Capaccio Environmental Engineering, Inc., in conjunction with Associated Industries of Massachusetts (AIM), is hosting a Sustainability Roundtable at Waters Corporation in Milford on Thursday, September 12 from 7:45 am to 11:00 am. Moderated by Wayne Bates, PhD, PE, Vice President at Capaccio and adjunct professor at Worcester Polytechnic Institute, the roundtable will provide expert analysis and valuable information to help companies create, manage, or fine-tune their sustainability programs.
In addition to the facilitated discussion, there will also be three great speakers on the following topics:
Sustainable Waste Streams – Central Disposal Method
Sr. Manager, Environmental Health & Safety US
EMD Serono, Inc.
Manufacturing Skills – Workforce Training
Energy and Water Conservation Initiatives at Coca Cola
Safety, Environmental, & Security Manager
Cost for AIM members is $50.00; and non-members are $100.00. To register for this event, please visit:
For more information, please contact Wayne Bates at 508.970.0033 ext. 121 or firstname.lastname@example.org.
Do environmental, health and safety (EH&S) regulations at your hospital sometimes take a back seat to Joint Commission requirements? Is there ever confusion about which department is responsible for certain EH&S reporting and inspections? Do you feel like EH&S requirements may be slipping through the cracks? A gap analysis can help.
Capaccio recently conducted a gap analysis at a large Boston area hospital to determine what EH&S regulations were potentially being overlooked, or perhaps not assigned to anyone. The gap analysis was also able to show which of the hospital’s EH&S requirements were directly related to the Joint Commission elements of performance. In making this connection, the hospital greatly reduced the duplication of efforts by using existing programs already developed to meet the elements of performance.
Conducting a gap analysis is valuable because the hospital not only receives a list of all of its applicable EH&S regulations but also insight into how those requirements may link to Joint Commission standards. Furthermore, it provides an inventory of regulations that can be used to assign responsibility and ownership to help ensure that there are no surprises when the facility is inspected by a local, state or federal agency. This inventory can be taken one step further with a regulatory calendar that provides a detailed schedule of when submittals are due and permit renewals required. A gap analysis will make your facility run more efficiently, help ensure all EH&S requirements are being met, and also save both time and money.
To view a small sample of a regulatory matrix that would be delivered as part of the gap analysis click this link:
To view a complete list of Capaccio’s Healthcare services, visit:
For information on all of our service offerings, please visit our website at http://www.capaccio.com.
If you have any questions or would like additional information about our gap analysis services, please contact Bill Potochniak at 508-970-0033 ext. 134 or email@example.com.
Timely Action Schedule and Fee Provisions, 310 CMR 4.00 have been issued and may present changes to permit and compliance assurance fees relevant to you.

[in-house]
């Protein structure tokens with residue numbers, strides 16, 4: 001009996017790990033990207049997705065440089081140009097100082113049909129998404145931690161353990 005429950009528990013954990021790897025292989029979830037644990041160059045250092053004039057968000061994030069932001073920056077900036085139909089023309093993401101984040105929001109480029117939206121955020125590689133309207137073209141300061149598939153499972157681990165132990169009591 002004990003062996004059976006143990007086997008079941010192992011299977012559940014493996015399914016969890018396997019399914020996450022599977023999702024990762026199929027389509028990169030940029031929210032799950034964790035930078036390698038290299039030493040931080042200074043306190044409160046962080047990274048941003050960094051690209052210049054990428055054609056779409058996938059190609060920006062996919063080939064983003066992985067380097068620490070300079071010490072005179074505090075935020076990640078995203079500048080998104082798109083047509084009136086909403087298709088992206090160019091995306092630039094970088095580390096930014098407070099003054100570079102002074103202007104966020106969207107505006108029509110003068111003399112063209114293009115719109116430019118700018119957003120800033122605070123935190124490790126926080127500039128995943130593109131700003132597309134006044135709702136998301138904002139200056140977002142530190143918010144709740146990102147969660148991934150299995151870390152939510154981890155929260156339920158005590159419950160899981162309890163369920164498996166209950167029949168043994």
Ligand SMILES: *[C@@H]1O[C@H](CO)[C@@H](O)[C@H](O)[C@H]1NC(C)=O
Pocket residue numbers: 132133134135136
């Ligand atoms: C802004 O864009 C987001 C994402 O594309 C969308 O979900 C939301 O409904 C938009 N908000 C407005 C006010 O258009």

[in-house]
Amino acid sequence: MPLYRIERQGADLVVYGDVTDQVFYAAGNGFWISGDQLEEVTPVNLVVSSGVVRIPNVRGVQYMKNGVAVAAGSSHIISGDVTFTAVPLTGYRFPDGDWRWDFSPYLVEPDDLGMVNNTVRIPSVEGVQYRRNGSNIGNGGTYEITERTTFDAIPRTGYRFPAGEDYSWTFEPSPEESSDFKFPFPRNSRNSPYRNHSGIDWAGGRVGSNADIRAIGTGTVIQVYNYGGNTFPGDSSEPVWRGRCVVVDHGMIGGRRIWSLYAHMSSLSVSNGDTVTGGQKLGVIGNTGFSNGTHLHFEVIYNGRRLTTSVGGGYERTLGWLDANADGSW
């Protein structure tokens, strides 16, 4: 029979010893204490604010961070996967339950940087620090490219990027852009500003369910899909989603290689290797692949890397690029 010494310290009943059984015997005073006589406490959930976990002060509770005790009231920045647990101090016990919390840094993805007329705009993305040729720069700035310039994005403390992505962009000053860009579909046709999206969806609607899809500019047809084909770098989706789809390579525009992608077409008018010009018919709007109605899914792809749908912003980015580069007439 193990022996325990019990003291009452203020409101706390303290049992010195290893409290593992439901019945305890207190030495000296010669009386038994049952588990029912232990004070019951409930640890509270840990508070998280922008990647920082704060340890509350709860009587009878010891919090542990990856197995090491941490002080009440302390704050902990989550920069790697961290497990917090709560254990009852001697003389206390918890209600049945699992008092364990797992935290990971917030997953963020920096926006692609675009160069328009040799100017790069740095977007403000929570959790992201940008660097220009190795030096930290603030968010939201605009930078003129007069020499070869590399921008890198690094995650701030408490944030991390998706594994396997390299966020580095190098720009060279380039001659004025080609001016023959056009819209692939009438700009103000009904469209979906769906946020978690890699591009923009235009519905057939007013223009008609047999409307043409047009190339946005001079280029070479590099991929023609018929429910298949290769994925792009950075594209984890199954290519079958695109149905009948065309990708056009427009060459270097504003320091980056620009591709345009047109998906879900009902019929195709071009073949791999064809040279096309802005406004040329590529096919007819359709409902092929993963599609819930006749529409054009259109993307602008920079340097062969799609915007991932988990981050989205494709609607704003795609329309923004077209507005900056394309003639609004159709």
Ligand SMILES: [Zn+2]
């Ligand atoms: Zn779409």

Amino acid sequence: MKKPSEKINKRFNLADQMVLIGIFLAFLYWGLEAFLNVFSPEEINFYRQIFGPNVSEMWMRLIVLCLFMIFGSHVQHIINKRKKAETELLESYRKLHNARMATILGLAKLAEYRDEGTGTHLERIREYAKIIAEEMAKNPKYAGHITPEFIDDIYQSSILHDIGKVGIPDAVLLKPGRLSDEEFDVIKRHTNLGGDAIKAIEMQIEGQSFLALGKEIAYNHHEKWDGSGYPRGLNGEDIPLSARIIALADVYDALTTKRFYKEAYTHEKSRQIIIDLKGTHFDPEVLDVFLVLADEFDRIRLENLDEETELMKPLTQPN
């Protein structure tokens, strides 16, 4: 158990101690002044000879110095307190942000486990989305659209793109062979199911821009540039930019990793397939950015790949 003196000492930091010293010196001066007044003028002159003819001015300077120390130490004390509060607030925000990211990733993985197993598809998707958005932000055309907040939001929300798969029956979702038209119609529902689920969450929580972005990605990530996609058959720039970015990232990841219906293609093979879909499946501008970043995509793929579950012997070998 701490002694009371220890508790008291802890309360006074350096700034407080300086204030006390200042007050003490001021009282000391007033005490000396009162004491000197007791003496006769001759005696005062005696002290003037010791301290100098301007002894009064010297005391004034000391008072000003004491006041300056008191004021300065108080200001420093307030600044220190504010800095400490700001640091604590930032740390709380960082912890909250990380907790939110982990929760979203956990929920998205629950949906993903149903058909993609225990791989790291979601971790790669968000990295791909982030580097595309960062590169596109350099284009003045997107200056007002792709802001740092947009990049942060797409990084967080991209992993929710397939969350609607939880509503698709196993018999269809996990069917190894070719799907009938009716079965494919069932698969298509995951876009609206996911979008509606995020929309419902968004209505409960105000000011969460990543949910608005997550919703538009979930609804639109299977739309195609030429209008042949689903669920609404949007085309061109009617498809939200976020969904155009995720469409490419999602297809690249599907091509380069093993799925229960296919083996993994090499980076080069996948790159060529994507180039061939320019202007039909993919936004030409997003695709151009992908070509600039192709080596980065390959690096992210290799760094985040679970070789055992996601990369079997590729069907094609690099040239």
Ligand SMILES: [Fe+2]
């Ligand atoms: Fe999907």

The Massachusetts Department of Environmental Protection (MassDEP) has been required to abide by emergency regulations which have increased fees in order to reflect the increase in the consumer price index since 2004. August 8, 2013 marks the effective date of these increases which apply to many MassDEP fee rates.
In order to ensure that correct payments are made, the link below provides updated tables incorporating the fee changes in the ‘Annual Compliance Fees’ and ‘Permit Application Fees’ links.
Links regarding updated topics such as ‘Fees, Billing& Timelines’, ‘Contacts for Fees and Billing Inquiries’, ‘Form for Fees & Payments’, and ‘Regulations for Fees & Payments’ can be easily accessed on this page as well.
For more information, please contact Linda Swift at 508.970.0033 ext. 119 or firstname.lastname@example.org.
The U.S. Environmental Protection Agency (EPA) recently modified the hazardous waste management regulations under the Resource Conservation and Recovery Act (RCRA) to conditionally exclude solvent-contaminated wipes from hazardous waste regulations provided that the businesses clean or dispose of them properly. Based on EPA’s final risk analysis, the rule, peer reviewed in 2008 and published for public comment in 2009, concluded wipes contaminated with certain hazardous solvents do not pose significant risk to human health and the environment when managed properly. This common-sense exclusion will save industry up to $27.8 million per year.
Wipes are used in conjunction with solvents for cleaning and other purposes by tens of thousands of facilities in a variety of industrial sectors including printers, electronics, furniture, chemicals, automobile repair shops and manufacturers of automobiles.
The final rule excludes wipes that are contaminated with solvents listed as hazardous wastes under RCRA that are cleaned or disposed of properly. To be excluded, solvent-contaminated wipes must be managed in closed, labeled containers and cannot contain free liquids when sent for cleaning or disposal. Also, facilities that generate solvent-contaminated wipes must comply with certain recordkeeping requirements and may not accumulate wipes for longer than 180 days.
Please note, there is already a MassDEP policy on wipes located at this link:
For more information about the EPA’s rulemaking visit:
For more information or assistance, please contact Linda Swift at 508.970.0033 ext. 119 or email@example.com.